Green tea may halve risk of colon cancer

Green tea is rich in polyphenol antioxidants, which are believed to help protect against cancer and heart disease. A study from China has reported beneficial associations between regular consumption of green tea and colorectal cancer risk. The disease affects around a million people worldwide and is linked to poor eating habits, low levels of physical activity, and ageing populations.

A cohort of 70,000 Chinese women aged 40 to 70 years was followed for 6 years, during which time 256 cases of colorectal cancer were recorded. Baseline dietary habits were then correlated with cancer risk in order to identify potentially protective foods and beverages.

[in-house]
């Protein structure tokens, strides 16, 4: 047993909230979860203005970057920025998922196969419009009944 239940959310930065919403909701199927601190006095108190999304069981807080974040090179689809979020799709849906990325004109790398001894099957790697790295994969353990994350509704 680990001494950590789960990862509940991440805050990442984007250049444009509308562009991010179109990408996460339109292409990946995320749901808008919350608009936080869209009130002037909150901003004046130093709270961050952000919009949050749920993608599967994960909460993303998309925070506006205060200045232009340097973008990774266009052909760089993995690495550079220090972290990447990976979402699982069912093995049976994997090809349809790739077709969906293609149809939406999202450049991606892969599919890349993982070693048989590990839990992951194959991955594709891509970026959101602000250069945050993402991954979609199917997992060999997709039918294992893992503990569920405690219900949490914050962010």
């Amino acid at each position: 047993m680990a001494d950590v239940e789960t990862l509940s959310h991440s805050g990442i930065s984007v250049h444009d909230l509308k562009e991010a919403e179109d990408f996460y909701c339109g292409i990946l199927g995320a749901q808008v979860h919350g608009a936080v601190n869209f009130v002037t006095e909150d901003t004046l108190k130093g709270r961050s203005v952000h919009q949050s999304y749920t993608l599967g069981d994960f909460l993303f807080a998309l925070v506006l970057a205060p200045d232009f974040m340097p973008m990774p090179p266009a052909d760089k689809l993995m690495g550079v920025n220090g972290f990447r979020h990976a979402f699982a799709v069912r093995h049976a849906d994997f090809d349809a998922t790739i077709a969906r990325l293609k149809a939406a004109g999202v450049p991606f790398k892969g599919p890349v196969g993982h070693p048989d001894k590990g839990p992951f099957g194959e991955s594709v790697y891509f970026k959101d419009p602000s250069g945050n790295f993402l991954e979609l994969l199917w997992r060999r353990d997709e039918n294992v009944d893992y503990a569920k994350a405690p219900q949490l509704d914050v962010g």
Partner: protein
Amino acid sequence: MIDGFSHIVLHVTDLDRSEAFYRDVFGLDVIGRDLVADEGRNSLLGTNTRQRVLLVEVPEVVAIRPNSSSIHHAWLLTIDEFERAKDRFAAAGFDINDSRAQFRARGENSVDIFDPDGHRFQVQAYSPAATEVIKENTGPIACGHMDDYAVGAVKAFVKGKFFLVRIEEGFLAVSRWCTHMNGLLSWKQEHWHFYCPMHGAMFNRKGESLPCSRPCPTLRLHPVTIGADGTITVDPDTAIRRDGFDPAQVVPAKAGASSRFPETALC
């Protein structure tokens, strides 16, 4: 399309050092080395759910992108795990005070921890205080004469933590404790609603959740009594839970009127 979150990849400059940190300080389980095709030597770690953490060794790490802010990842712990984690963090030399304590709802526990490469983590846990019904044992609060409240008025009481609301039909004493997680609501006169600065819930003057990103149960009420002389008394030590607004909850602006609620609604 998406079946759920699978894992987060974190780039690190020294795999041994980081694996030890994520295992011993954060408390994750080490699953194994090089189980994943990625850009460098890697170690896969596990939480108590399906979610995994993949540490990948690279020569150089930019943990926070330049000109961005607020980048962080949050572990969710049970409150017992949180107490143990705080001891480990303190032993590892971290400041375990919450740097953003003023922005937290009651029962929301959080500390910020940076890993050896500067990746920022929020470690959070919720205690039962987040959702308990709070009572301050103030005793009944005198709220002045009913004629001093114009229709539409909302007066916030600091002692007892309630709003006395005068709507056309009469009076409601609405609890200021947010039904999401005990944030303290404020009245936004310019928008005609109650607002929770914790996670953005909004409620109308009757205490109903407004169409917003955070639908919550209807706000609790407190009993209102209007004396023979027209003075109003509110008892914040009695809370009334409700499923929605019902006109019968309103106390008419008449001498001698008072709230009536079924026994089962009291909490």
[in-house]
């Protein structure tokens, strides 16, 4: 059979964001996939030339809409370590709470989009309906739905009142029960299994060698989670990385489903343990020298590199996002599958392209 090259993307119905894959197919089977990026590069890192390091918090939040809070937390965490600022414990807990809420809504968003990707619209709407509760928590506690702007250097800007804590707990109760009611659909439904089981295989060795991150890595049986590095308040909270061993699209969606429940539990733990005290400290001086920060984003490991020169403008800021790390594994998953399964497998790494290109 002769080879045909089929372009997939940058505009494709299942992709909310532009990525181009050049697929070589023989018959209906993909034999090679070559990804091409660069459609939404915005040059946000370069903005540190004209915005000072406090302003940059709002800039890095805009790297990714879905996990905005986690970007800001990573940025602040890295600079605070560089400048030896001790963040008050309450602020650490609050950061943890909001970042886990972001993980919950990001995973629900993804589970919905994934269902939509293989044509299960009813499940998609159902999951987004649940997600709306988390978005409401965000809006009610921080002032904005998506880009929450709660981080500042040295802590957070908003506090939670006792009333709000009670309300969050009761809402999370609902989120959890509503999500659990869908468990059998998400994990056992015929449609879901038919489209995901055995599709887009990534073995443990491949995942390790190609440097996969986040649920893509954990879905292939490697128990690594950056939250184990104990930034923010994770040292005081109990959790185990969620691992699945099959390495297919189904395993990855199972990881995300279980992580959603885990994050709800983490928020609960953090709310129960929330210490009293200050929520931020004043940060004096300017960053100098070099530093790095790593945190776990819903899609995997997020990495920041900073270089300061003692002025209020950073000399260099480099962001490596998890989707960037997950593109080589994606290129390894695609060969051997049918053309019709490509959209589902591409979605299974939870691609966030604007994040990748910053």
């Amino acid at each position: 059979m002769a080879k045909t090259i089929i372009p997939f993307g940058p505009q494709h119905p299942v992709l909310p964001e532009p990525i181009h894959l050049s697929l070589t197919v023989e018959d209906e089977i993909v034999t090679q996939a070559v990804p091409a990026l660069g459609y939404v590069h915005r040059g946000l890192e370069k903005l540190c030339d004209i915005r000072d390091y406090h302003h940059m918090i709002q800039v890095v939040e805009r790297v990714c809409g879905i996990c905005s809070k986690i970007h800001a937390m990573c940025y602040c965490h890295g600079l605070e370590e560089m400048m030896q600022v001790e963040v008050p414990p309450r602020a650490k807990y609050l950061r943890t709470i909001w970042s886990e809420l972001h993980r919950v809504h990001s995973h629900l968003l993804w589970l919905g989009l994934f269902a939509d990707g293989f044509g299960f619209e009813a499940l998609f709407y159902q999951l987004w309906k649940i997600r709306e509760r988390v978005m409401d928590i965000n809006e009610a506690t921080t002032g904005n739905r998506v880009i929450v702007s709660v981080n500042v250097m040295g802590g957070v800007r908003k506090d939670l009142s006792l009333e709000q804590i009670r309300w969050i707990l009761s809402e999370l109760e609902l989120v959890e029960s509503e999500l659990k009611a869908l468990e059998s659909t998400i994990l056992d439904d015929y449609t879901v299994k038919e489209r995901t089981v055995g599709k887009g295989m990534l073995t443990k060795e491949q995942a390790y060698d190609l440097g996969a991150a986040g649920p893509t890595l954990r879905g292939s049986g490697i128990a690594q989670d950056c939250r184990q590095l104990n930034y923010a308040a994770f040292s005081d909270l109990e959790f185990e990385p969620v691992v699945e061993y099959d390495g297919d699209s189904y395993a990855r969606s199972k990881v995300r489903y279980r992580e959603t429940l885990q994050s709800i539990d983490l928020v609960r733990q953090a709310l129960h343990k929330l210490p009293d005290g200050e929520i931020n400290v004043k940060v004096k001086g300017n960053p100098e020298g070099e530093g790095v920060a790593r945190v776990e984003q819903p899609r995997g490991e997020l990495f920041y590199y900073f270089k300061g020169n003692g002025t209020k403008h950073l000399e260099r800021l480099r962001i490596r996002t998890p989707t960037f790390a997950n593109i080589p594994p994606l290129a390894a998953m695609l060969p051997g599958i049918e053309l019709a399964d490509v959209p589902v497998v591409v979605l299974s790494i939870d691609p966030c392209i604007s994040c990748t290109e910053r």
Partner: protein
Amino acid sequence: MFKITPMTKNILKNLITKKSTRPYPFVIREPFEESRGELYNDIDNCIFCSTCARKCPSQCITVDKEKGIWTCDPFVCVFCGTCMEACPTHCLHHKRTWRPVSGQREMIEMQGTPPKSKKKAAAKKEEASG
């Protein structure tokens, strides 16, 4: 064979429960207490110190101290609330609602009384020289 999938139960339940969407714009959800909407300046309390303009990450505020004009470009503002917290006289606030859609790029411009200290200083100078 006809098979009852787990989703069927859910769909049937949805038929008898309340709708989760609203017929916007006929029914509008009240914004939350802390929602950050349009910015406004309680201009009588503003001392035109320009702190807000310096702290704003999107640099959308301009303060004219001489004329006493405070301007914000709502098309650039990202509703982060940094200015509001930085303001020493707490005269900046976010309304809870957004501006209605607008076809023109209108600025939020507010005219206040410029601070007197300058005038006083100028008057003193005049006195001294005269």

Regular consumption of green tea was associated with a 37% reduction in colorectal cancer risk. There was a dose response relationship in that the clearest benefits were seen in those who consumed the most tea and for the greatest number of years. While the study focussed only on associations, it backs up other research pointing to the significant protective attributes of green tea polyphenols, e.g. epigallocatechin gallate and epicatechin.

For more information, see
Yang G et al (2007) Prospective cohort study of green tea consumption and colorectal cancer risk in women. Cancer Epidemiology, Biomarkers and Prevention, Vol 16, pg 1219-1223.

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